Wednesday, December 19, 2018

E. Stanley Jones on Christ and Unity

In the discussion of the Way Forward and the current United Methodist debates over homosexuality, thinkers on many sides have parsed the words of the Bible, John Wesley, and Francis Asbury on the nature of and conditions for church unity. Here, I offer thoughts from another significant Methodist: missionary E. Stanley Jones. These thoughts are not meant to endorse any particular policy position in the UMC. Rather, some words from Jones on the connection between Christ and unity seemed timely at this moment of the life of the church, and in this Advent season.

"For at the central place of our experience of Jesus we are one. It is Christ who unites us; it is doctrines that divide. As someone has suggested, if you ask a congregation of Christians, "What do you believe?" there will be a chorus of conflicting beliefs, for no two persons believe exactly alike. But if the question is asked, "Whom do you trust?" then we are together. If the emphasis in our approach to Christianity is "What?" then it is divisive, but if the emphasis is "Whom?" then we are drawn together at the place of this Central Magnet. One has the tendency of the centrifugal and the other the tendency of the centripetal. He is the hub that holds together in himself the divided spokes."

"Christianity with a what-emphasis is bound to be divisive, but this tendency is lessened with a Whom-emphasis. Note the things that have created denominations in the West: baptism, human freedom, rites, ceremonies, church government, dress, orders--the points of division have been nearly all "whats." The church divided once over the "Whom," namely, in the Unitarian issue. Here it had a right to divide, for the question of who Jesus is is vital and decisive. Everything is bound up with that question."

"Do not misunderstand me: The whats of Christianity are important, a body of doctrine is bound to grow up around him [Christ]. We cannot do without doctrine, but I am so anxious for the purity of doctrine that I want it to be held in the white light of his Person and under the constant corrective of his living Mind. The only place where we can hold our doctrines pure is to hold them in the light of his countenance. Here their defects are at once apparent, but only here.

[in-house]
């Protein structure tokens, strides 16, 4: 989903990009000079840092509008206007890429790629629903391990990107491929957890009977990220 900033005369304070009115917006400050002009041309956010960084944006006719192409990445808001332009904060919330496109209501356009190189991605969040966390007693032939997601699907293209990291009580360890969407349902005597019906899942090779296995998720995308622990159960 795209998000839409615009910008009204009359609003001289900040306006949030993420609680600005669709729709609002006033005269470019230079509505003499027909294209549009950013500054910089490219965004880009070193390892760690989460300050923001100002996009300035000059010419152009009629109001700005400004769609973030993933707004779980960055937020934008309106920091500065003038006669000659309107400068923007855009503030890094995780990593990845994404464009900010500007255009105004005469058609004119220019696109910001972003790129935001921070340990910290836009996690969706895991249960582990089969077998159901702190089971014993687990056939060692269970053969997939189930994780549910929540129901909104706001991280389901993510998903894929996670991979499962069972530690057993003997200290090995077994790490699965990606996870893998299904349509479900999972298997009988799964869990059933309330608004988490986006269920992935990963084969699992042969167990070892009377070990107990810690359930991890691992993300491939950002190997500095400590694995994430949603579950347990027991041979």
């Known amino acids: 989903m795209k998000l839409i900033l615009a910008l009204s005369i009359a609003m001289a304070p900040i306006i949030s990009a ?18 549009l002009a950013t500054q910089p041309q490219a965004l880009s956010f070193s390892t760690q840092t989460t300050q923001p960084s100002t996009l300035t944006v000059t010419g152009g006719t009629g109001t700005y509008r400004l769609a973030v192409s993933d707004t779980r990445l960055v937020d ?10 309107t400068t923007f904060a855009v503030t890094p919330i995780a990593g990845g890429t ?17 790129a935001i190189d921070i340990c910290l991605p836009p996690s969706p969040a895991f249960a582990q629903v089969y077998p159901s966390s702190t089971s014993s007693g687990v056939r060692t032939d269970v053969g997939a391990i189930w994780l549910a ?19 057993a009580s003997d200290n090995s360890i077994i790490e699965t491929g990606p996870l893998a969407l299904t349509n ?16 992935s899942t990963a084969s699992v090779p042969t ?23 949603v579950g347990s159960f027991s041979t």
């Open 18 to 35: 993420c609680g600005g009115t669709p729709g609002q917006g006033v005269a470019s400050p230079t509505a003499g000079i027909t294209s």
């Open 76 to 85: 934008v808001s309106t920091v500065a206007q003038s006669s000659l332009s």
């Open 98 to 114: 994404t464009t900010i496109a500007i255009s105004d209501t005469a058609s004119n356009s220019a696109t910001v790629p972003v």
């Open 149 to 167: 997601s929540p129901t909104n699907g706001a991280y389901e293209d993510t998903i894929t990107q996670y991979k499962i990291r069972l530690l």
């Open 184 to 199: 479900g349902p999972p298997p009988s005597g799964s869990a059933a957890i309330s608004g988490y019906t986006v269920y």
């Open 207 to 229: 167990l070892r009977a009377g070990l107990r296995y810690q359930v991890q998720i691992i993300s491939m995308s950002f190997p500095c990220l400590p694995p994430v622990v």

"But we must hold in mind that no doctrine, however true, no statement, however correct, no teaching, however pure, can save a man. "We are saved by a Person and only by a Person, and, as far as I know, by only one Person," said Bishop McDowell. Only Life can lift life. ...

"But further, we shall soon see that as we draw closer to him we shall be closer to each other in doctrine. Suppose the essence of Christianity is in utter devotion to Jesus, and truly following him is the test of discipleship, will not such doctrine as the new birth take on new meaning? If I am to follow such as he, I must be born again and born different. A new birth is a necessary beginning for this new life. And as for the doctrines of sanctification and the fullness of the Spirit, apart from him, they may become hollow cant, as they, in fact, have often become; but in the business of following Jesus they become, not maximum attainments, but minimum necessities. If I am to follow him, he will demand my all, and I shall not want to offer him less. Holiness has been preached very often until it has become a synonym for hollowness. The word has got loosed from Christ and has lost its meaning. Had it kept close to Christ, we would have preached less holiness and more of a Christ who makes men [sic] holy."

E. Stanley Jones, The Christ of the Indian Road (The Abingdon Press: New York and Cincinnati, 1925), excerpts from Chapter IX, "What or Whom?"

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